Interviews with New Haven’s legislative body did not give the impression that they have been deeply involved in the issue, either. Ward 2 Alder Frank Douglass, who chairs the Community Development Committee on the Board of Alders, said he had not been part of such a conversation during this term and could not comment. Ward 26 Alder Darryl Brackeen Jr. maintained that transportation is an issue that, if tackled correctly, could positively affect many city neighborhoods — namely the Hill, Westville, Newhallville and Fair Haven. But he added that it has yet to be given the full attention of the Board it deserves.

“I must admit, I am the only person who has posted any resolution considering transportation this term,” he said.

However, Brackeen said it would be “brash” to paint his resolution, which has not yet gained traction on the Board of Alders, as the full measure of current efforts to improve New Haven transportation. Mayor Harp’s appointing of Doug Hausladen ’04 to the position of director of traffic and parking, he said, was a clear indication that she would not be an aloof mayor when it came to transportation. In fact, Hausladen has already been pushing to equip all CT Transit buses with GPSes, an improvement expected to be fully implemented by 2015.

“I consider him one of the most important appointments alone,” Brackeen said. “I think she really trusts him with a lot of responsibility.”

But regarding New Haven’s share in transportation policies on the state level, Brackeen is less enthused.

“Our state legislators have been doing a pretty good job of trying to make that a priority, but that’s pretty tough in this economic environment,” he said. “On the state level I definitely think more can be done.”

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It’s no secret that Connecticut is steeped in a tough economic environment. When the New Haven-to-Springfield rail line and the Hartford-to-New Britain busway were proposed, the state had amassed a budget deficit of $3.6 billion. Nevertheless, the Malloy administration prioritized these projects — costing $567 million and $365.6 million to complete, respectively — and pursued them relentlessly. Gov. Malloy said at the time that the CT Fastrack project would bring “long-term economic growth and development to the corridor [between Hartford and New Britain].” In the case of the rail line, he “personally wrote letters, made phone calls and met with various federal officials, including President Obama and U.S. Transportation Secretary LaHood,” according to a May 9, 2011 press release.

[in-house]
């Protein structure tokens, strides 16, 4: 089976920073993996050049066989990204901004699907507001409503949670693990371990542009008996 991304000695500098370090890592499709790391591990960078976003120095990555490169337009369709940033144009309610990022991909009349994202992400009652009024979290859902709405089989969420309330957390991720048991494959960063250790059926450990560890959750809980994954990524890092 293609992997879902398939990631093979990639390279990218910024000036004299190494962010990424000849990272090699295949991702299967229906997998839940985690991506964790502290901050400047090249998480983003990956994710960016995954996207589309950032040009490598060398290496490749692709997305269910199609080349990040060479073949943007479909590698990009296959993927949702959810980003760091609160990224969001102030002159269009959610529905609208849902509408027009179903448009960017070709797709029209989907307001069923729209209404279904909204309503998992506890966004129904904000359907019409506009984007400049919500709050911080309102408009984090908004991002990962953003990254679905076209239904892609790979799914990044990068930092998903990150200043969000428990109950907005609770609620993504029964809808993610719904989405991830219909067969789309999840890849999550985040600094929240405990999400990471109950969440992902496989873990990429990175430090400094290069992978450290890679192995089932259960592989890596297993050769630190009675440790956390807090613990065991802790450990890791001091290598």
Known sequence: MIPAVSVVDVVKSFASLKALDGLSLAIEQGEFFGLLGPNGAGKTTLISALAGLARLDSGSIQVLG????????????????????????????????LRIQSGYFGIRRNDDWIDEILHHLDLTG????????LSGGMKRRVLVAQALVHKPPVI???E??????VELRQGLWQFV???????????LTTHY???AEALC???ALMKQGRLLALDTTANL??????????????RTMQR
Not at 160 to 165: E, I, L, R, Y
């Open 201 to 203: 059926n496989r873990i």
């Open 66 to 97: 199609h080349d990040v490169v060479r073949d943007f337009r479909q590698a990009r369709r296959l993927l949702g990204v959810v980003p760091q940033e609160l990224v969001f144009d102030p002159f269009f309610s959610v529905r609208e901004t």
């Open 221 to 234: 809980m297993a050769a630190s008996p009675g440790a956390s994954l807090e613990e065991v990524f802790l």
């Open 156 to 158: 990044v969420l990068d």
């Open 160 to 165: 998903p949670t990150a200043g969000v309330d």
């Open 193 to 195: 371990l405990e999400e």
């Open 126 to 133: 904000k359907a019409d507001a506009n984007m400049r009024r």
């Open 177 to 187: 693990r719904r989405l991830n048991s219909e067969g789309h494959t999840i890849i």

But these projects’ merit has been questioned, especially considering the transit needs cited by many in New Haven.

Rae of SOM, for one, does not find either one particularly compelling. He said that Springfield and Hartford “have a set of problems that are different from New Haven’s” since they are not part of either the Greater New York or the Greater Boston Region.

Asked whether the project was being pursued primarily for political reasons, Rae responded, “I would definitely agree with that.”
Rae also cited the example of the Hartford-to-New Britain busway as particularly egregious, given that it will cost over $500 million, despite the fact that it has “no demonstrated demand.”